Airline catering monopoly in Kenya broken by Lufthansa Sky Chefs

One of Kenya’s last monopolies will finally be broken, when Lufthansa’s catering subsidiary company LSG Sky Chefs will set up shop at the Jomo Kenyatta International Airport after being given a co

Airline catering monopoly in Kenya broken by Lufthansa Sky Chefs

One of Kenya’s last monopolies will finally be broken, when Lufthansa’s catering subsidiary company LSG Sky Chefs will set up shop at the Jomo Kenyatta International Airport after being given a concession as second caterer by the Kenya Airport Authority.

NAS has held the monopoly literally since Kenya’s independence, first at the Embakasi Airport before the moving to the new JKIA in 1978 but also at the Port Reitz Airport before the new Moi International Airport was opened in Mombasa. NAS has in the recent past taken new partners on board, apparently in preparation of the competitive onslaught of a global aviation catering giant like Sky Chefs, which allowed NAS to begin bringing their operation in line with the latest standards in this line of business. Servair, a French based catering multinational, acquired a majority stake some time ago at a reported cost of over 25 million US Dollars while Centum, a financial investment company, now holds a 15 percent stake.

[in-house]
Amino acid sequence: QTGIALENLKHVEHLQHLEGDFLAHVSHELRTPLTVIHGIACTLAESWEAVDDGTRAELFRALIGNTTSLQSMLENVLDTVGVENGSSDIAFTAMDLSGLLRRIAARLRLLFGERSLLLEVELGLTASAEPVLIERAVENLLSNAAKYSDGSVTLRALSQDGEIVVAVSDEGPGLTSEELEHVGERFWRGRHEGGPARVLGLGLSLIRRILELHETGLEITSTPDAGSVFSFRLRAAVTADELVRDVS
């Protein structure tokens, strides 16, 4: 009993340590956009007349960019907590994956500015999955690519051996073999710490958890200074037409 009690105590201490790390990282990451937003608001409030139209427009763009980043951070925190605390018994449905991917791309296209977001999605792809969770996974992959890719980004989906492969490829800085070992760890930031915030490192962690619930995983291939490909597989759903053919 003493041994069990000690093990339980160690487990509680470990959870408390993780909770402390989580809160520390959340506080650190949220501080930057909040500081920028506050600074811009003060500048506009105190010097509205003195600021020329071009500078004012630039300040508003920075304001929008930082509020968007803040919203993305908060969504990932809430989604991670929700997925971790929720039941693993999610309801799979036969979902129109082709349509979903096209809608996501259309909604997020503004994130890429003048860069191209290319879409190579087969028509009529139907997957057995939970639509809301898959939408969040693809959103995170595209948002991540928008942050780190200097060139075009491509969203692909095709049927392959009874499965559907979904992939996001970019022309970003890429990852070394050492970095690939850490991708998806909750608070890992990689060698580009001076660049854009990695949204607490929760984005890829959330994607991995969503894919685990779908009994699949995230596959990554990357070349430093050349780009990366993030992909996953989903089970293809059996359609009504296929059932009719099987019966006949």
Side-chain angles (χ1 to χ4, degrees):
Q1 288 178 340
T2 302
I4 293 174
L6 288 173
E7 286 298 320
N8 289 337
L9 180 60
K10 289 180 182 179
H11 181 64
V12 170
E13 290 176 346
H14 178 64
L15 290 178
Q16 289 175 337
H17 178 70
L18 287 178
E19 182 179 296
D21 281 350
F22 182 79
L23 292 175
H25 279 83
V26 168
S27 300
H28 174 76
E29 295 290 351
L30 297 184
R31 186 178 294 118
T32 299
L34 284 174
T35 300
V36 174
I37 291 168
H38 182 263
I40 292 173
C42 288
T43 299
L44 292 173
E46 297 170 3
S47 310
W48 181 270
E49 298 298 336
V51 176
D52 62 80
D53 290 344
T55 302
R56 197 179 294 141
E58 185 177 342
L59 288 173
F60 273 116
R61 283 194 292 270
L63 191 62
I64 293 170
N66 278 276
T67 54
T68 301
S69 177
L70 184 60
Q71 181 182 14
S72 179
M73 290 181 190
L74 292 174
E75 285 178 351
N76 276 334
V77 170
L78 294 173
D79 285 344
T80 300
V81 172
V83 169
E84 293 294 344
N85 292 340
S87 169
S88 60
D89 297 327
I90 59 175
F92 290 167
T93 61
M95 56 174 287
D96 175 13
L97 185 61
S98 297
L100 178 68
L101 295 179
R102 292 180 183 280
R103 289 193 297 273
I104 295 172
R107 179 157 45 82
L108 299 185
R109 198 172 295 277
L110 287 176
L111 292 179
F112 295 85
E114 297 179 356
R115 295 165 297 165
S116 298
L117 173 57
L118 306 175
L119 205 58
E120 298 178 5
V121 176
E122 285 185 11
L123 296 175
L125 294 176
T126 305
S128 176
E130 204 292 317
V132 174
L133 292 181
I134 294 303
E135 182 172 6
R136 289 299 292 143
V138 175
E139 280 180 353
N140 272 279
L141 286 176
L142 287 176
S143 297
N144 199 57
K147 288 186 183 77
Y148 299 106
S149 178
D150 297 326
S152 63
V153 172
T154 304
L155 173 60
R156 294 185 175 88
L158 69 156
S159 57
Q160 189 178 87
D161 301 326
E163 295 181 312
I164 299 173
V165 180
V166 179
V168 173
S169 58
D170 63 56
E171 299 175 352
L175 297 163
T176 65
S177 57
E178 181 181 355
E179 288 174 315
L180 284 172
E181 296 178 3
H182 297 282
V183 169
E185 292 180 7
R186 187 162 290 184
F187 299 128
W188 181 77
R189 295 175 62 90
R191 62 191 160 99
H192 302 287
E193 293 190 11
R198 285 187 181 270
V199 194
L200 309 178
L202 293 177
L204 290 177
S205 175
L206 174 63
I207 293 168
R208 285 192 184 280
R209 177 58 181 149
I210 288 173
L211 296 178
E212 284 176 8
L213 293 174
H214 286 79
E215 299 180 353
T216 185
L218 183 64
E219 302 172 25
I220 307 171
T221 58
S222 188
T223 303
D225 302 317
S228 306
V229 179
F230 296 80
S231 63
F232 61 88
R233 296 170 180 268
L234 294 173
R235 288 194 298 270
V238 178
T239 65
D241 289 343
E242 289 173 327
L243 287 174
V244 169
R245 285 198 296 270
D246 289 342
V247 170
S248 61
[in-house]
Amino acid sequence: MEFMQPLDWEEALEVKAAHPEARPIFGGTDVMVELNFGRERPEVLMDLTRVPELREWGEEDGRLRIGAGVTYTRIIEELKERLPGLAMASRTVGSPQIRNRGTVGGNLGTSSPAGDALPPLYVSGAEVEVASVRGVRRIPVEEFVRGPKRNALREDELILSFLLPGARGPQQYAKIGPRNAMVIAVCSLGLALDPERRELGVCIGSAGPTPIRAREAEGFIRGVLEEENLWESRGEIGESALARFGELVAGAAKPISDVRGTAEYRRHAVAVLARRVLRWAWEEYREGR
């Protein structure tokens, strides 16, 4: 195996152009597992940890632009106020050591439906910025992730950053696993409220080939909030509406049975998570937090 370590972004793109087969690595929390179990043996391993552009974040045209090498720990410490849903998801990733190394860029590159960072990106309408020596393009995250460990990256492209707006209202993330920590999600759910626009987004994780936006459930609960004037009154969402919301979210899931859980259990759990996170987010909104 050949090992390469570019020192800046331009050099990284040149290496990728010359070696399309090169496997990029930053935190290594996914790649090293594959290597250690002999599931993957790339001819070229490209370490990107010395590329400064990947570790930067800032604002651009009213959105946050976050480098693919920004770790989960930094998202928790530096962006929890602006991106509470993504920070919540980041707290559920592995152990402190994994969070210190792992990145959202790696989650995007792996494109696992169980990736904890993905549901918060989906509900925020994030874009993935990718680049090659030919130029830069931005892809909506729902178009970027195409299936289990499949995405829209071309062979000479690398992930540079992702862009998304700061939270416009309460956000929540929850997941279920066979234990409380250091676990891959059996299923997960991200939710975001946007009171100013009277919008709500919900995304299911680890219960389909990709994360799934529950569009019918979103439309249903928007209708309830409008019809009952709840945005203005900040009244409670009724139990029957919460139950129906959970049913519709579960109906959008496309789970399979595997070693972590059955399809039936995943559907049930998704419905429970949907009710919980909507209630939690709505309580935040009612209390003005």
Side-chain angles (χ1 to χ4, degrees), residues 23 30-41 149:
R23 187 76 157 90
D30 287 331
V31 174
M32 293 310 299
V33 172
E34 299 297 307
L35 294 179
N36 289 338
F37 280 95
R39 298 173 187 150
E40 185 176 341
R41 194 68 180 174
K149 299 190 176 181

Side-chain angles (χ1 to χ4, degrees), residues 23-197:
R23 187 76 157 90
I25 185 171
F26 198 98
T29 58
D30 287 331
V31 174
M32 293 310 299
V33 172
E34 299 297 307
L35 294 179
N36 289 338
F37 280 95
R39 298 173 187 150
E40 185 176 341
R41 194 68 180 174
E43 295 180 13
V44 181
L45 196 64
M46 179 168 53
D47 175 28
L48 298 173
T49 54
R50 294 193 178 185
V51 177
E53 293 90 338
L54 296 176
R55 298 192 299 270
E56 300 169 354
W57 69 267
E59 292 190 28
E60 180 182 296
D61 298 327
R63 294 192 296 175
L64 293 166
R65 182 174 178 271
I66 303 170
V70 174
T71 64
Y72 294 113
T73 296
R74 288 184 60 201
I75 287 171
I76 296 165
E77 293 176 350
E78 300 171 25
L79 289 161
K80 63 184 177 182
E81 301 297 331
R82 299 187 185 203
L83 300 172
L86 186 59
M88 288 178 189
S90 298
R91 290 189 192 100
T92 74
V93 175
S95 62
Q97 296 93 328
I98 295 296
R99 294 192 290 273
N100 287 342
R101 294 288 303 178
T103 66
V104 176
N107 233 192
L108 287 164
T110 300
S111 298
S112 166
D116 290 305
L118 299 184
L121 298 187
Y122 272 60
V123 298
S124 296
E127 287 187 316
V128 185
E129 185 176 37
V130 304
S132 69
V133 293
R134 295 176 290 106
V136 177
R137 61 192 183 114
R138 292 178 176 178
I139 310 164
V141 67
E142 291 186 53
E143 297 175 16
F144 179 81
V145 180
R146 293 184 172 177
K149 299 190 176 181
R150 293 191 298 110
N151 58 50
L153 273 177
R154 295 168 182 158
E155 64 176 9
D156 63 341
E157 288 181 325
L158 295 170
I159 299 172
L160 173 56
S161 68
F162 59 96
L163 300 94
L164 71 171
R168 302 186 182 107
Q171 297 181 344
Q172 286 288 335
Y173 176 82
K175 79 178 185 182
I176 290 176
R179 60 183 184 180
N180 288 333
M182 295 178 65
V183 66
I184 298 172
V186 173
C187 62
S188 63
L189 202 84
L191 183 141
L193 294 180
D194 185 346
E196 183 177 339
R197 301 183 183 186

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LSG Sky Chefs new Kenyan unit will make it a total of 5 on the continent, with their largest African operation in South Africa, where three airports are served by them. It is expected that when the new facility has been set up and is operational, likely to be in late 2014, a number of airlines, in particular those which have contracts with Sky Chefs elsewhere, many of them members of Star Alliance, will switch from NAS to the new outfit, as competition over both cost as well as quality will undoubtedly stir up this long stagnant market. Both KAA and LSG Sky Chefs have confirmed the development yesterday.

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